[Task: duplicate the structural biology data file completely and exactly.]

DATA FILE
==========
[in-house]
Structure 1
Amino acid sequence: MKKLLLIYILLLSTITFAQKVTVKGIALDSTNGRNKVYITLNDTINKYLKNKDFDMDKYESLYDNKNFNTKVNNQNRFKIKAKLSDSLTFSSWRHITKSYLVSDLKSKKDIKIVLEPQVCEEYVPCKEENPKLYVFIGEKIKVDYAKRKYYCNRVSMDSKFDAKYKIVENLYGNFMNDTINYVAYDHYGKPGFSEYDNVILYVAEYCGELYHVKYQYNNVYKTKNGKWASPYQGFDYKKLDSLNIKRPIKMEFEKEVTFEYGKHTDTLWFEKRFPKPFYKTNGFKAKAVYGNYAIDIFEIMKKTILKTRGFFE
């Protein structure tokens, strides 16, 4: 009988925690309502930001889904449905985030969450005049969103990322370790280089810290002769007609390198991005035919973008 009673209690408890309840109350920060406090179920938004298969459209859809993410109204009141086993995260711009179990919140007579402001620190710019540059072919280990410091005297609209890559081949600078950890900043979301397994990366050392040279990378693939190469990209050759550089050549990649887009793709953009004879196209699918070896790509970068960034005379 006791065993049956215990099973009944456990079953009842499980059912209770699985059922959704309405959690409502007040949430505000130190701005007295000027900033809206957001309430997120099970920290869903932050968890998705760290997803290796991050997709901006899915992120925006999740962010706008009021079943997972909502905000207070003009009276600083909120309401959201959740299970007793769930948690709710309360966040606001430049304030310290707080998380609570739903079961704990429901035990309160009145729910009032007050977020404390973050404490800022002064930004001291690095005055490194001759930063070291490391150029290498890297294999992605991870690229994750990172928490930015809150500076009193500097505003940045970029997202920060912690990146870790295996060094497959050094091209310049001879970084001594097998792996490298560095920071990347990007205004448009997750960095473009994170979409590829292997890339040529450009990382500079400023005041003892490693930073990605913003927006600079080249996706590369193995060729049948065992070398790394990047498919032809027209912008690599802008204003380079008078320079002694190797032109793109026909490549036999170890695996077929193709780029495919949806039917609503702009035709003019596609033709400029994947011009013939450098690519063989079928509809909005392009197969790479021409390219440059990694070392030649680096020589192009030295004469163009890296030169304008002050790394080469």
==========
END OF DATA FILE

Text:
[in-house]
Structure 1
Amino acid sequence: MKKLLLIYILLLSTITFAQKVTVKGIALDSTNGRNKVYITLNDTINKYLKNKDFDMDKYESLYDNKNFNTKVNNQNRFKIKAKLSDSLTFSSWRHITKSYLVSDLKSKKDIKIVLEPQVCEEYVPCKEENPKLYVFIGEKIKVDYAKRKYYCNRVSMDSKFDAKYKIVENLYGNFMNDTINYVAYDHYGKPGFSEYDNVILYVAEYCGELYHVKYQYNNVYKTKNGKWASPYQGFDYKKLDSLNIKRPIKMEFEKEVTFEYGKHTDTLWFEKRFPKPFYKTNGFKAKAVYGNYAIDIFEIMKKTILKTRGFFE
């Protein structure tokens, strides 16, 4: 009988925690309502930001889904449905985030969450005049969103990322370790280089810290002769007609390198991005035919973008 009673209690408890309840109350920060406090179920938004298969459209859809993410109204009141086993995260711009179990919140007579402001620190710019540059072919280990410091005297609209890559081949600078950890900043979301397994990366050392040279990378693939190469990209050759550089050549990649887009793709953009004879196209699918070896790509970068960034005379 006791065993049956215990099973009944456990079953009842499980059912209770699985059922959704309405959690409502007040949430505000130190701005007295000027900033809206957001309430997120099970920290869903932050968890998705760290997803290796991050997709901006899915992120925006999740962010706008009021079943997972909502905000207070003009009276600083909120309401959201959740299970007793769930948690709710309360966040606001430049304030310290707080998380609570739903079961704990429901035990309160009145729910009032007050977020404390973050404490800022002064930004001291690095005055490194001759930063070291490391150029290498890297294999992605991870690229994750990172928490930015809150500076009193500097505003940045970029997202920060912690990146870790295996060094497959050094091209310049001879970084001594097998792996490298560095920071990347990007205004448009997750960095473009994170979409590829292997890339040529450009990382500079400023005041003892490693930073990605913003927006600079080249996706590369193995060729049948065992070398790394990047498919032809027209912008690599802008204003380079008078320079002694190797032109793109026909490549036999170890695996077929193709780029495919949806039917609503702009035709003019596609033709400029994947011009013939450098690519063989079928509809909005392009197969790479021409390219440059990694070392030649680096020589192009030295004469163009890296030169304008002050790394080469």